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abstract = "Background: This study evaluates the predictive significance of salivary amylase, glutathione, lipid peroxides, and lactate dehydrogenase in the treatment of head and neck cancer patients who undergo curative radiotherapy/chemoradiotherapy. Methods: The volunteers for the study included head and neck cancer patients that required curative radiotherapy/chemoradiotherapy. Patients provided saliva and blood samples before the start of radiation treatment and 24 hours after the first radiation fraction of 2 Gy (before the start of the second fraction). Samples were assessed for the levels of blood and salivary amylase, glutathione, lipid peroxides, and lactate dehydrogenase by standard laboratory methods. Clinical tumor radioresponse was assessed one month after the completion of treatment as complete responders, partial responders, and nonresponders. Results: The results indicated a significant increase in the levels of amylase, lactate dehydrogenase, and lipid peroxides; and a concomitant decrease in the levels of glutathione P<0.05 - P<0.0001 in saliva and blood. The correlation between the differences in each biochemical parameter with that of the treatment response showed a significant correlation only for the salivary lactate dehydrogenase (R2=0.25; P<0.02). Conclusion: The results indicate that salivary lactate dehydrogenase can be a useful predictive marker to ascertain radiation-induced tumor regression in head and neck cancers.",
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Jayachander, D, Shivashankara, AR, Vidyasagar, MS, Tonse, R, Pais, S, Lobo, ADL, Hegde, SK, Rao, S & Baliga, MS 2018, 'Salivary parameters as predictive markers for radiation-induced treatment response in head and neck cancers: An investigational study', Middle East Journal of Cancer, vol. 9, no. 2, pp. 133-142.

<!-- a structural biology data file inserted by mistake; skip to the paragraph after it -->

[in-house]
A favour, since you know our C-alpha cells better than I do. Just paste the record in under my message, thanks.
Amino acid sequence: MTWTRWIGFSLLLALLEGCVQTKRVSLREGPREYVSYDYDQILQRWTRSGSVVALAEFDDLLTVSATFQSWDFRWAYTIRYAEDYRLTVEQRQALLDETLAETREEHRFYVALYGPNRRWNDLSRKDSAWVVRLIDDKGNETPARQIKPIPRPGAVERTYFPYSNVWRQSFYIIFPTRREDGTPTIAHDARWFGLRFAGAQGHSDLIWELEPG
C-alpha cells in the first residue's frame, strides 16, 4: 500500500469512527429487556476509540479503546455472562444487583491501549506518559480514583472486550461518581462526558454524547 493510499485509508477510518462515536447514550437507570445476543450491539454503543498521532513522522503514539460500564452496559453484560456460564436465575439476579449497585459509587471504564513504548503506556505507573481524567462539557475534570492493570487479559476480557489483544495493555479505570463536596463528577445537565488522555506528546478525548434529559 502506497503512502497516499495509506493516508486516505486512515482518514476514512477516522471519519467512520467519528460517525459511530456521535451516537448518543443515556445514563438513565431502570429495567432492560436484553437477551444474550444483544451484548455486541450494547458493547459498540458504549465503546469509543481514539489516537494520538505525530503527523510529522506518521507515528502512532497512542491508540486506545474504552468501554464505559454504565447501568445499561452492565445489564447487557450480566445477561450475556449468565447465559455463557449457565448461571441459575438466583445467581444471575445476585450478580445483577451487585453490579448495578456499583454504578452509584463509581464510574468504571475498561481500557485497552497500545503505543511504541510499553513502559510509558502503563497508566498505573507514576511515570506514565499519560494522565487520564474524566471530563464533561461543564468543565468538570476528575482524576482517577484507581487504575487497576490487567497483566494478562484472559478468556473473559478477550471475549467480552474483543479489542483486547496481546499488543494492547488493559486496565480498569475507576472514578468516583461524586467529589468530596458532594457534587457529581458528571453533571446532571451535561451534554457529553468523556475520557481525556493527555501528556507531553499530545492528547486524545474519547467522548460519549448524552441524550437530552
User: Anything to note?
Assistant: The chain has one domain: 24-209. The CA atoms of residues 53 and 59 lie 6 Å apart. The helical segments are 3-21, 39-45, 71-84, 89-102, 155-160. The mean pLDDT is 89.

Salivary parameters as predictive markers for radiation-induced treatment response in head and neck cancers : An investigational study. / Jayachander, Dipika; Shivashankara, Arnadi Ramachandrayya; Vidyasagar, Mamidipudi Srinivasa; Tonse, Raees; Pais, Sarita; Lobo, Ashwin D.L.; Hegde, Sanath Kumar; Rao, Suresh; Baliga, Manjeshwar Shrinath.

In: Middle East Journal of Cancer, Vol. 9, No. 2, 01.04.2018, p. 133-142.

Research output: Contribution to journalArticle

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T1 - Salivary parameters as predictive markers for radiation-induced treatment response in head and neck cancers

T2 - An investigational study

AU - Jayachander, Dipika

AU - Shivashankara, Arnadi Ramachandrayya

AU - Vidyasagar, Mamidipudi Srinivasa

AU - Tonse, Raees

AU - Pais, Sarita

AU - Lobo, Ashwin D.L.

AU - Hegde, Sanath Kumar

AU - Rao, Suresh

AU - Baliga, Manjeshwar Shrinath

PY - 2018/4/1

Y1 - 2018/4/1

N2 - Background: This study evaluates the predictive significance of salivary amylase, glutathione, lipid peroxides, and lactate dehydrogenase in the treatment of head and neck cancer patients who undergo curative radiotherapy/chemoradiotherapy. Methods: The volunteers for the study included head and neck cancer patients that required curative radiotherapy/chemoradiotherapy. Patients provided saliva and blood samples before the start of radiation treatment and 24 hours after the first radiation fraction of 2 Gy (before the start of the second fraction). Samples were assessed for the levels of blood and salivary amylase, glutathione, lipid peroxides, and lactate dehydrogenase by standard laboratory methods. Clinical tumor radioresponse was assessed one month after the completion of treatment as complete responders, partial responders, and nonresponders. Results: The results indicated a significant increase in the levels of amylase, lactate dehydrogenase, and lipid peroxides; and a concomitant decrease in the levels of glutathione P<0.05 - P<0.0001 in saliva and blood. The correlation between the differences in each biochemical parameter with that of the treatment response showed a significant correlation only for the salivary lactate dehydrogenase (R2=0.25; P<0.02). Conclusion: The results indicate that salivary lactate dehydrogenase can be a useful predictive marker to ascertain radiation-induced tumor regression in head and neck cancers.